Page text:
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Medium: Gifs
Date: 2021 – (ongoing)

Quarantined in our homes
under a blanket
between the sheets
I read the patterns
and meander the folds
divining the future from
a line of raised cloth
and the morning light’s shadows
today I am not yet dead

15/06/2021 1:34pm UTC 177,105,201 3,829,257 161,316,011

As the days pass slower and grow longer during the Covid-era, I realised I haven’t really looked at myself in awhile. As a photographer I take pictures but never look at myself. Everyday we grow a little and a portrait captures you in a moment between the past and the present. We are in every moment loading, loading.

We do not know when our time comes. For my Grandfather. He lived his life so we could live ours. 50% of all proceeds and royalties from secondary sales will be donated to the Singapore Children’s Cancer Foundation as long as this work lives.

While we wait for the world to reset, we wait in perpetual wanderlust for somewhere other than here, a time other than now. China, Yunnan, Shangri-la, Ganden Sumtsenling Monastery, 2017

On This Day

On this day (2018)
Archival Inkjet Print
40 by 60cm
Edition of 3

On this day is a single exposure of all the pages in The New Paper on 3rd September 2018. As we continue to record activities and happenings every single day, the amount of information that will be forgotten increases. The image refuses any form of traditional reading but instead renders the news a mess of abstract lines; a representation of our collective memories.


00:15 (2020)
Archival Inkjet Print
40 x 150cm
Edition of 3
Coney island is a place I go to when I need some quiet. It’s easy to imagine one is lost in the woods when no one else is around. The image was created by stitching and blending 5 long exposure images. From this vantage point you can see the different divisions of the island. Reservoir, concrete, trees and sky. This work was commissioned by pluralartmag for the Our Heartlands project.

When I am Among Trees

When I am among trees (2019)
Single channel video

When I am among trees references the title of a Mary Oliver poem. In the poem she speaks of the joy to be with trees and the call to ‘stay awhile’ amongst them. The work was filmed in front of a white backdrop placed under some trees, in hopes of catching a leaf in the midst of falling. The work serves as a meditation, focused upon a single act of looking and the mindful attention required to notice its fall. In ten minutes, four leaves fall.

Untitled Drawings

Untitled Drawings (2019)
Archival Inkjet Print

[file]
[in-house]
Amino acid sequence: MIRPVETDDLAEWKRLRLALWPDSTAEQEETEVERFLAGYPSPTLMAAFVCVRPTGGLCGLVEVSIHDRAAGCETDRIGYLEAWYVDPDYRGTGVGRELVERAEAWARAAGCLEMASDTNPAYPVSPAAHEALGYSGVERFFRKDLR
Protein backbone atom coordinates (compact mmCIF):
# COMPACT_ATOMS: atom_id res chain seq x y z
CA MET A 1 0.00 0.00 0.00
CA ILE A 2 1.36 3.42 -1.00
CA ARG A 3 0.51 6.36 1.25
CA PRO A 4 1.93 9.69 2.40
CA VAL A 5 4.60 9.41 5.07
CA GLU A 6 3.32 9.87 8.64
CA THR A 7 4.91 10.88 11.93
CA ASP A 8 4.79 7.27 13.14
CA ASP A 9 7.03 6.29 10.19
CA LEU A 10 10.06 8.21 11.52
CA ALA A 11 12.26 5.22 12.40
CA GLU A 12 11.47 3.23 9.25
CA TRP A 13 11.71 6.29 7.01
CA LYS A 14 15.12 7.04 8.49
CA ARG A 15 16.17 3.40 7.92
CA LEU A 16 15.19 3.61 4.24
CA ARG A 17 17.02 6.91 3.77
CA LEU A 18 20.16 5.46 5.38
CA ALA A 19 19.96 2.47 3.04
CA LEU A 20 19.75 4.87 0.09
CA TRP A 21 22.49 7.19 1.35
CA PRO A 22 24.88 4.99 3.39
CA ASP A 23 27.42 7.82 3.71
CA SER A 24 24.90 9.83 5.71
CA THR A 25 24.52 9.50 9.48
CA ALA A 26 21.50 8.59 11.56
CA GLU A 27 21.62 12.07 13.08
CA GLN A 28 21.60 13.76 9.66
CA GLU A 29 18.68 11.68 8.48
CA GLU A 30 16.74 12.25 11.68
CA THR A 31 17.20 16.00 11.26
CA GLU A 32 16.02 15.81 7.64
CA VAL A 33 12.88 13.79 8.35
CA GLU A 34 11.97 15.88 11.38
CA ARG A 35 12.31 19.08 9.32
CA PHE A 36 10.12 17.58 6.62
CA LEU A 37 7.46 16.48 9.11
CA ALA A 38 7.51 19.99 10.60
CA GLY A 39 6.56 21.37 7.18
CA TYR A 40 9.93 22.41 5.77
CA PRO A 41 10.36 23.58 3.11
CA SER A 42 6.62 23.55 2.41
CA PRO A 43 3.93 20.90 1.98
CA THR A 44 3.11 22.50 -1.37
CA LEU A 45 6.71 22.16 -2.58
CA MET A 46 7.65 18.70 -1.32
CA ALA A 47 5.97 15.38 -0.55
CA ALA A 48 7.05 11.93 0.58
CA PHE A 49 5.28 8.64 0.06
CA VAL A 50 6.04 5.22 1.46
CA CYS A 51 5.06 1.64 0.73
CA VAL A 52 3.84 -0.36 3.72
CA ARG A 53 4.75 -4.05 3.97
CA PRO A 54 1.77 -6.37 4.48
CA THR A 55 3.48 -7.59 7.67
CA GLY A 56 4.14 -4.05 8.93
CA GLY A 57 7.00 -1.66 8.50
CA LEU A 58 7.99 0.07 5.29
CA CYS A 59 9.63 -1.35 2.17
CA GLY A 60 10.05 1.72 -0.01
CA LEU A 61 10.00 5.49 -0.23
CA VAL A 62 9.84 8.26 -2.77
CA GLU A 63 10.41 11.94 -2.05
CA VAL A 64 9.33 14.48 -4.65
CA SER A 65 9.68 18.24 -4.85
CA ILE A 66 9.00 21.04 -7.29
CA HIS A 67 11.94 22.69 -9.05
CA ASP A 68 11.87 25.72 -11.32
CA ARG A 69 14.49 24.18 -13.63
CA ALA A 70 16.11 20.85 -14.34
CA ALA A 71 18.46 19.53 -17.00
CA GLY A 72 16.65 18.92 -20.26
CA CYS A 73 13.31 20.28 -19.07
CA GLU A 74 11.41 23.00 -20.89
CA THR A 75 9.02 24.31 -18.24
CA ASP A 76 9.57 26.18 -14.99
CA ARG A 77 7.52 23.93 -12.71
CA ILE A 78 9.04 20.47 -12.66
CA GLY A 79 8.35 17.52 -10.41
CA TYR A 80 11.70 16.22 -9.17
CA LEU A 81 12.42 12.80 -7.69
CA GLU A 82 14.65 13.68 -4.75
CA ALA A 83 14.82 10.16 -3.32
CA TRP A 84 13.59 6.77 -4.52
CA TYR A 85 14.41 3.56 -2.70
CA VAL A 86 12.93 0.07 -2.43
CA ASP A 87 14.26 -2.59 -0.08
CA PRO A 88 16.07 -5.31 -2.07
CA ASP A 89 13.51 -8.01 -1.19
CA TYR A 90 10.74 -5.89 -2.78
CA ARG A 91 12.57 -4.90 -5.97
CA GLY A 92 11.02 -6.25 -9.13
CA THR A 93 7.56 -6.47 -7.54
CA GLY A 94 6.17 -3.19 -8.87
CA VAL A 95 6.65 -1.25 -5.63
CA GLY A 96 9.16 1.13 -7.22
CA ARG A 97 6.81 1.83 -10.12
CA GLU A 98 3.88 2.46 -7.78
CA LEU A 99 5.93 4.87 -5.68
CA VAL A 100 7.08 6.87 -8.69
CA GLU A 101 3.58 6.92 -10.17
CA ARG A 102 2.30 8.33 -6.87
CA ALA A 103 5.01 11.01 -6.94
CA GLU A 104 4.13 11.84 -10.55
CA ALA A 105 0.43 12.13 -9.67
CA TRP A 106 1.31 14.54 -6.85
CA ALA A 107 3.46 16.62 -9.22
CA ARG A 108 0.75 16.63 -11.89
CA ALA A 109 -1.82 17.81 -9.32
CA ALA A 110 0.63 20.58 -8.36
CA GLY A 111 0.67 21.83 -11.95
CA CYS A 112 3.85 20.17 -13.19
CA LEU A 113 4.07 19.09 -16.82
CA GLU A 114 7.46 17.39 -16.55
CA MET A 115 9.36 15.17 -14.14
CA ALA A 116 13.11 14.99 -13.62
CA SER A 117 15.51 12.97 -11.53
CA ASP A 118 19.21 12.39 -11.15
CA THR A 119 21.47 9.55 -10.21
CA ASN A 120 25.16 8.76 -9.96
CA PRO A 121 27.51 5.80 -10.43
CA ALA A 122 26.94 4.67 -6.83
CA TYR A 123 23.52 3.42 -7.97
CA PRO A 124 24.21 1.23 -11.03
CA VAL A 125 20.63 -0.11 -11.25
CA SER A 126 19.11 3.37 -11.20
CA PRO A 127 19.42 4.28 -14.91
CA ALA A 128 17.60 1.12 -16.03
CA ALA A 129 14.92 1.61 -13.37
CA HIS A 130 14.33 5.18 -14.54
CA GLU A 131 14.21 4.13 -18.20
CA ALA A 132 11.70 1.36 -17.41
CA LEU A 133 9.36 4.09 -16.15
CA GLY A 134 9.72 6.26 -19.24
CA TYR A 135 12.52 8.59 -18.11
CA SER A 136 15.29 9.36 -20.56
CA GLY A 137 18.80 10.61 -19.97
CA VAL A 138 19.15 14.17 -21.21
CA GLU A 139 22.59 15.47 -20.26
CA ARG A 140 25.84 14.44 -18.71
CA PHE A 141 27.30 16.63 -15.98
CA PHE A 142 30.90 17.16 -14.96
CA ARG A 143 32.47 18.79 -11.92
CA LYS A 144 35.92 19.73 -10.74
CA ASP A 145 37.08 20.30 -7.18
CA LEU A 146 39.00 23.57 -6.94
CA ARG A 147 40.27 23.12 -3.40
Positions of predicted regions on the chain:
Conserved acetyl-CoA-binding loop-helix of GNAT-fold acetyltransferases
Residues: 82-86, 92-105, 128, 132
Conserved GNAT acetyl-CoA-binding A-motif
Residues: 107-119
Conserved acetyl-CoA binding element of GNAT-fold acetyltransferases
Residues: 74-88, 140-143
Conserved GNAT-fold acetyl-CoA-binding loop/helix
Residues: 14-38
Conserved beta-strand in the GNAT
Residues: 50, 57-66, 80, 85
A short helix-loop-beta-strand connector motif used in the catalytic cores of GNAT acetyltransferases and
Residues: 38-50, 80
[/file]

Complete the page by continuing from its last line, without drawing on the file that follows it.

14.8 by 21cm

A mark has no time

    no name

no start

                    no end

      no grids

no understanding of itself

        no expectations

no preoccupation

  no stress

no need for any value

        no subject

        no object

no requirement of grace

Untitled drawings is a series of images of marks left behind in urban spaces.

Built on the Ashes


In August 2013, the National Environment Agency announced plans for the relocation of the urns at Mount Vernon Columbarium to make way for the development of Bidadari Estate. The scarcity of land space in Singapore demands that we manage the use of it. If the urns are not claimed after 3 years, NEA will scatter the ashes at sea.

Round and round I go, up the pagoda, circumambulating. I follow the drops of hardened red wax. 6. I catch up to the sky. 7. I no longer see the roofs. 8. I am above the tree and I see the land below me. The tree whispers to me the promises of the dead. I am space. And all around the ashes of tomorrow.

Even in death we struggle to find space

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Bury Me Below A Mountain

Bury me below a mountain (2017)
Archival Inkjet Print
100 by 150cm
Edition of 3

Do not cage me in concrete
for I have not lived.
Bury me below a mountain
so that I may yet.

The Naxi ethnic minority believe in living harmoniously with nature. Following tradition, this relationship can be seen in their burial custom. On Yuan Bao Mountain, overlooking the Lijiang basin, lies a grave site where the Naxi people bury their dead. Scattered along the mountain are many unmarked graves that have plant life growing on and around them. With the passage of time, these unmarked graves eventually return to nature, leaving only traces of its previous existence.